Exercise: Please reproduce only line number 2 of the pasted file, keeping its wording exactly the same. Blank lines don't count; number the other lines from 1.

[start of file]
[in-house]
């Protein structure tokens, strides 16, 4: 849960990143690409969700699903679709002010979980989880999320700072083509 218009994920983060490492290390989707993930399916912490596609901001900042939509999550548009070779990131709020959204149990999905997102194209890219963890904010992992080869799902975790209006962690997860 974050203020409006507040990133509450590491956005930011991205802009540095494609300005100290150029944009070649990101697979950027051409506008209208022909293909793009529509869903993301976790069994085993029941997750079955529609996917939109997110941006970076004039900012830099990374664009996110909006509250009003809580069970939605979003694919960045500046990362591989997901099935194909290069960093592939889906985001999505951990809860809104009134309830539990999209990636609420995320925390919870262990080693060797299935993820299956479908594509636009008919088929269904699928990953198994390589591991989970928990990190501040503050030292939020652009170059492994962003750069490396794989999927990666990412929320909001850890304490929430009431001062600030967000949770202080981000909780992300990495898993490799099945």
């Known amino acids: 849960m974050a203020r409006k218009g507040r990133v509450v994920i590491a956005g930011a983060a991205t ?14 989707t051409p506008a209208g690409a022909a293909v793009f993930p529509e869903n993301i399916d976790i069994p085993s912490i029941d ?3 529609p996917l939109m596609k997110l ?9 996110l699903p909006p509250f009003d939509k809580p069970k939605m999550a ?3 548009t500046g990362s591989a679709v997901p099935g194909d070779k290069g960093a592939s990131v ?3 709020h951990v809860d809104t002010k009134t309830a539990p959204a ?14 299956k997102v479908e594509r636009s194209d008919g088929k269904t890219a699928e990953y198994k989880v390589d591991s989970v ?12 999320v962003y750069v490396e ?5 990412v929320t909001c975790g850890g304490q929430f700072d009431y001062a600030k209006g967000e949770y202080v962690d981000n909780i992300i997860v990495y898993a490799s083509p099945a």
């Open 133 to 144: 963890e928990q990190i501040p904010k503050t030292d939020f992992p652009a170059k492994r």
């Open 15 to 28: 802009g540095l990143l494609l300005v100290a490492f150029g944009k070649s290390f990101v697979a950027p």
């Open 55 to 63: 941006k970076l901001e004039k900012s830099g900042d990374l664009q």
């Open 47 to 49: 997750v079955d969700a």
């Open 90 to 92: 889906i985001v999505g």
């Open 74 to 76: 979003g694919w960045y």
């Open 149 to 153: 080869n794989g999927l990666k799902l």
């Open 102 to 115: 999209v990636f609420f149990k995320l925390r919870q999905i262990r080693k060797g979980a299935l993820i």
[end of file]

């Protein structure tokens, strides 16, 4: 849960990143690409969700699903679709002010979980989880999320700072083509 218009994920983060490492290390989707993930399916912490596609901001900042939509999550548009070779990131709020959204149990999905997102194209890219963890904010992992080869799902975790209006962690997860 974050203020409006507040990133509450590491956005930011991205802009540095494609300005100290150029944009070649990101697979950027051409506008209208022909293909793009529509869903993301976790069994085993029941997750079955529609996917939109997110941006970076004039900012830099990374664009996110909006509250009003809580069970939605979003694919960045500046990362591989997901099935194909290069960093592939889906985001999505951990809860809104009134309830539990999209990636609420995320925390919870262990080693060797299935993820299956479908594509636009008919088929269904699928990953198994390589591991989970928990990190501040503050030292939020652009170059492994962003750069490396794989999927990666990412929320909001850890304490929430009431001062600030967000949770202080981000909780992300990495898993490799099945």